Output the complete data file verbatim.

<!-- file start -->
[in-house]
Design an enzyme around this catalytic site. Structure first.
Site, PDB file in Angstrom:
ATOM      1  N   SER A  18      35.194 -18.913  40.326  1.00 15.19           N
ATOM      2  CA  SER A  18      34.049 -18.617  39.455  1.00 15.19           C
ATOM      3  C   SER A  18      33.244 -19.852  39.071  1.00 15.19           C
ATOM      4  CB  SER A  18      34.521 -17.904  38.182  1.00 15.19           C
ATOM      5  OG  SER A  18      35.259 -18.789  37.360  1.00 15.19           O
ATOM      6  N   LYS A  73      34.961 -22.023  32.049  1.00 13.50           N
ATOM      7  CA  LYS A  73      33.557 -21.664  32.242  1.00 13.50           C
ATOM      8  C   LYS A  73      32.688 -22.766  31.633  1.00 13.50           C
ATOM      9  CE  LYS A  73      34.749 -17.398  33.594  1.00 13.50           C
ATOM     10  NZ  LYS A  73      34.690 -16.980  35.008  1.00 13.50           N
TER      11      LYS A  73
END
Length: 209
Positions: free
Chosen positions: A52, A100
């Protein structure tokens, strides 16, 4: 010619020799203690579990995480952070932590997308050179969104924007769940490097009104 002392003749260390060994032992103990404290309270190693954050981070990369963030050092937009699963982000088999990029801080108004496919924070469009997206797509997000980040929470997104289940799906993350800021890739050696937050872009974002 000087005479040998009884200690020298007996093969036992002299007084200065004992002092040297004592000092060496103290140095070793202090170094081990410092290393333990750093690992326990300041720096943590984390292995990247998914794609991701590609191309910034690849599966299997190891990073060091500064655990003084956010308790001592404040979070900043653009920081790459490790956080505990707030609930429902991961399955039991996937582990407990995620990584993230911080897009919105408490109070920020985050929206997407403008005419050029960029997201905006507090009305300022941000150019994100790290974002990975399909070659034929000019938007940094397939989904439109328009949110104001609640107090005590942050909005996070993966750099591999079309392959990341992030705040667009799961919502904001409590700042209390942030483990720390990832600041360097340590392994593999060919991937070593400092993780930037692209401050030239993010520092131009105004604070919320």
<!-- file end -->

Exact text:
[in-house]
Design an enzyme around this catalytic site. Structure first.
Site, PDB file in Angstrom:
ATOM      1  N   SER A  18      35.194 -18.913  40.326  1.00 15.19           N
ATOM      2  CA  SER A  18      34.049 -18.617  39.455  1.00 15.19           C
ATOM      3  C   SER A  18      33.244 -19.852  39.071  1.00 15.19           C
ATOM      4  CB  SER A  18      34.521 -17.904  38.182  1.00 15.19           C
ATOM      5  OG  SER A  18      35.259 -18.789  37.360  1.00 15.19           O
ATOM      6  N   LYS A  73      34.961 -22.023  32.049  1.00 13.50           N
ATOM      7  CA  LYS A  73      33.557 -21.664  32.242  1.00 13.50           C
ATOM      8  C   LYS A  73      32.688 -22.766  31.633  1.00 13.50           C
ATOM      9  CE  LYS A  73      34.749 -17.398  33.594  1.00 13.50           C
ATOM     10  NZ  LYS A  73      34.690 -16.980  35.008  1.00 13.50           N
TER      11      LYS A  73
END
Length: 209
Positions: free
Chosen positions: A52, A100
């Protein structure tokens, strides 16, 4: 010619020799203690579990995480952070932590997308050179969104924007769940490097009104 002392003749260390060994032992103990404290309270190693954050981070990369963030050092937009699963982000088999990029801080108004496919924070469009997206797509997000980040929470997104289940799906993350800021890739050696937050872009974002 000087005479040998009884200690020298007996093969036992002299007084200065004992002092040297004592000092060496103290140095070793202090170094081990410092290393333990750093690992326990300041720096943590984390292995990247998914794609991701590609191309910034690849599966299997190891990073060091500064655990003084956010308790001592404040979070900043653009920081790459490790956080505990707030609930429902991961399955039991996937582990407990995620990584993230911080897009919105408490109070920020985050929206997407403008005419050029960029997201905006507090009305300022941000150019994100790290974002990975399909070659034929000019938007940094397939989904439109328009949110104001609640107090005590942050909005996070993966750099591999079309392959990341992030705040667009799961919502904001409590700042209390942030483990720390990832600041360097340590392994593999060919991937070593400092993780930037692209401050030239993010520092131009105004604070919320």